The technical inspection area that is located between teams’ paddock area and “fan zone” where visitors may watch all the action on track and involved in interactive activities – consists of various sequential inspection gates such as dimension measurement, brake test, visibility test, turning radius and weight measurement.
According to Shell Global Technical Director, Norman Koch, “If the team failed at any inspection gate, they may not proceed to the next gate. However, they are free to have as many attempts as they would like to pass the inspection.”
The teams may compete in two categories; Prototype or Urban Mobility, but every inspection gate is designed to assure that every car in any category has the technical integrity to compete.
As the main purpose of Shell Eco-Marathon is to have an energy-efficient car, weight plays a big role in determining the car’s performance. However, the regulation mandates that every car must comply to certain dimension and minimum weight requirement including the driver.
“There is also a very fine line between cheating and interpreting the rules to a position of maximum advantage,” he added.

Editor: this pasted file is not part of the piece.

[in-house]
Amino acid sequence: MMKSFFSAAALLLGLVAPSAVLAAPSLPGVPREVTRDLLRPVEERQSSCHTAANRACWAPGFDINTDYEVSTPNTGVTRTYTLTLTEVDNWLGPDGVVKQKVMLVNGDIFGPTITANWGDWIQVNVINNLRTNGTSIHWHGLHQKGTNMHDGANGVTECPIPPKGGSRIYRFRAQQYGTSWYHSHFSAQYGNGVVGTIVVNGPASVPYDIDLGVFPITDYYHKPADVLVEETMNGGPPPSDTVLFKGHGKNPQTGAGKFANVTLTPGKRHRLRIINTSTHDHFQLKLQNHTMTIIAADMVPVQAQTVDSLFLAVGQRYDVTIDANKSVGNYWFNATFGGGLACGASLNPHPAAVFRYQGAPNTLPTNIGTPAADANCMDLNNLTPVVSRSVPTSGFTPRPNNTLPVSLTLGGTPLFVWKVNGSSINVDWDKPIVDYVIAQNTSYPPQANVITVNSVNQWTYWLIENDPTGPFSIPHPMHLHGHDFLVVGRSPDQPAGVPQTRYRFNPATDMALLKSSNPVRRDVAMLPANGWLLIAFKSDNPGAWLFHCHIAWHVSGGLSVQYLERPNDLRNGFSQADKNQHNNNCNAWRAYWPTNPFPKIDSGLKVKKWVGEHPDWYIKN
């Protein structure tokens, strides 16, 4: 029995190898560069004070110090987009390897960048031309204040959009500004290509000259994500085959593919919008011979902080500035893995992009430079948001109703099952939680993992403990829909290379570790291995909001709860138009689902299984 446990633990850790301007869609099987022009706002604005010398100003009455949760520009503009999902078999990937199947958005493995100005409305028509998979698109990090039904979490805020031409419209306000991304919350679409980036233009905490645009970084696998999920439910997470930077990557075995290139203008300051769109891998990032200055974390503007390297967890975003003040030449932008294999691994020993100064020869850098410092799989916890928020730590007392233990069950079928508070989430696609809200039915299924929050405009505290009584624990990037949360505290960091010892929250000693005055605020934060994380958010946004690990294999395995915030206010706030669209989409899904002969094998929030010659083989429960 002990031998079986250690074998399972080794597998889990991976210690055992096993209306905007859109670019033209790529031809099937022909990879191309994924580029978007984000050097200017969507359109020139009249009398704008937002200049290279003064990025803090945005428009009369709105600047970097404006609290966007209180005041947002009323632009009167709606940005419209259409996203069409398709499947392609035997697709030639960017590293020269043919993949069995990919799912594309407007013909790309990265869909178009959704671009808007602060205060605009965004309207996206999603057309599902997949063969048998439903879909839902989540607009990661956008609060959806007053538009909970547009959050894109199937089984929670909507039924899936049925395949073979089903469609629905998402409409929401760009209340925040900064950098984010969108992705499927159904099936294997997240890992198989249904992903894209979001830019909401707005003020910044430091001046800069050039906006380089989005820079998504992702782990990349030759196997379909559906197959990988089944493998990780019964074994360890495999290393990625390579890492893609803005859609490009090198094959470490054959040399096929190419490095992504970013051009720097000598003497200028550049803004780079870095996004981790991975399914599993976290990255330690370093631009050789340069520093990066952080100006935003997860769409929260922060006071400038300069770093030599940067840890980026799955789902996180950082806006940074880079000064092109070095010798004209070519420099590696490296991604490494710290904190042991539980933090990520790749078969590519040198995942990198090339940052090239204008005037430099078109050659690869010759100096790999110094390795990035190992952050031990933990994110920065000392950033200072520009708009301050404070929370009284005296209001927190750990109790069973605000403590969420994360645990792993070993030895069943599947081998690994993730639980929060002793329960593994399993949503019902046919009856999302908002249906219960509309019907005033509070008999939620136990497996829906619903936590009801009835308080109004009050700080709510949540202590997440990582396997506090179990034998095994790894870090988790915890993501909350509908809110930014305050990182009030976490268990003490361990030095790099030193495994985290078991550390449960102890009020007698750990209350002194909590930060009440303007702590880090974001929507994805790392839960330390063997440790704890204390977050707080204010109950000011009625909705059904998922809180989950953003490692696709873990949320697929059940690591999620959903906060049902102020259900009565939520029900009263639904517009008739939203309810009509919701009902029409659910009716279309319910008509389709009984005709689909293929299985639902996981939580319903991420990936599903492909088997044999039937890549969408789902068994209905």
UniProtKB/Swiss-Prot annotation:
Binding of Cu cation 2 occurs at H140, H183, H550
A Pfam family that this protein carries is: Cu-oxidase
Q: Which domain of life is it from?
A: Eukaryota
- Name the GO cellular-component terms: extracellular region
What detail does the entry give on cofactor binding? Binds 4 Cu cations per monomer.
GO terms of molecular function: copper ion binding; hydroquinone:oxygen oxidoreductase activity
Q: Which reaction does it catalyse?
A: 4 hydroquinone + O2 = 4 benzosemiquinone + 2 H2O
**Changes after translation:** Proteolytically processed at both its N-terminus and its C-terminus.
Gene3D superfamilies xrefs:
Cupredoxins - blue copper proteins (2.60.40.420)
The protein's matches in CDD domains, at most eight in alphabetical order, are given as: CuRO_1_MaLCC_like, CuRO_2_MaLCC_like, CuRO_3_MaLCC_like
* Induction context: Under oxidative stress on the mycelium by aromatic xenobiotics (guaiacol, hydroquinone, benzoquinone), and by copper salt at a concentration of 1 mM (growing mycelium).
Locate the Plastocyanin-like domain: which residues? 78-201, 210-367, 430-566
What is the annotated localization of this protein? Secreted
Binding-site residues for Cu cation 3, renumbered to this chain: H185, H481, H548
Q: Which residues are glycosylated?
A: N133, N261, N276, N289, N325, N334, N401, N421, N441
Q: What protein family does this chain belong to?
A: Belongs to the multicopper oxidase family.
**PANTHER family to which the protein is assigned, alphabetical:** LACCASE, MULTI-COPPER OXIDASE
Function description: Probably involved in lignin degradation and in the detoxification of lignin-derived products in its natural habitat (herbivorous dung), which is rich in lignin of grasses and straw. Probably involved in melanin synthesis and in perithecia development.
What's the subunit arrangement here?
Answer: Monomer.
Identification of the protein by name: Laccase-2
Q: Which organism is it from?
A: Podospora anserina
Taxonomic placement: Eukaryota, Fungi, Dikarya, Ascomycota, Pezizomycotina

The car must also be liveable, especially for Urban Mobility category, as they must have maximum turning radius of eight metre. At the paddock, some teams can be seen modifying and altering their steering system to meet the turning radius required.
As in any other motorsports competition, safety is the top priority, in which the Shell Eco-Marathon makes no difference. Some of the inspections for safety aspects are brake test, time to exit and seatbelts or harnesses test. Each car is equipped with onboard fire extinguisher too.
Other than bringing the prototypes and ideas of future mobility, the competition also brings together future engineers from across the region with cutting-edge solution and the boys really know what they are doing.
This is proved by lots of high-end products and materials seen on the car such as carbon-fibre construction, lightweight reinforced engine parts, adjustable damper as well as suspension system derived from race cars.
To describe how energy-efficient the cars are, Norman told us, “Give one good pull to any direction of the wheel, it could spin freely for 15 minutes. That is how smooth the wheel bearings are.”
According to Ornuthai Na Chiangmai, General Manager of Shell Commercial Fleet Business, “The Shell Eco-Marathon gets the students to use the skills and lessons learnt in the competition for their future career, for future mobility.”
Current world record in the Shell Eco-Marathon is 3,770km per litre, by a French team in 2010, from gasoline fuel category. Meanwhile, winning distance for Shell Eco-Marathon Asia in 2015 is 1,572km per litre, provided by Team Virgin from Sakonnakhon Technical College, Thailand.
The Shell Eco-Marathon Asia 2016 is held in Manila, Philippines from Mar 3-6, 2016. To find out more about the competition and keep updated, visit www.shell.com/ecomarathon or www.twitter.com/shell_ecomar or www.instagram.com/shell.
By: Amirul Hazmi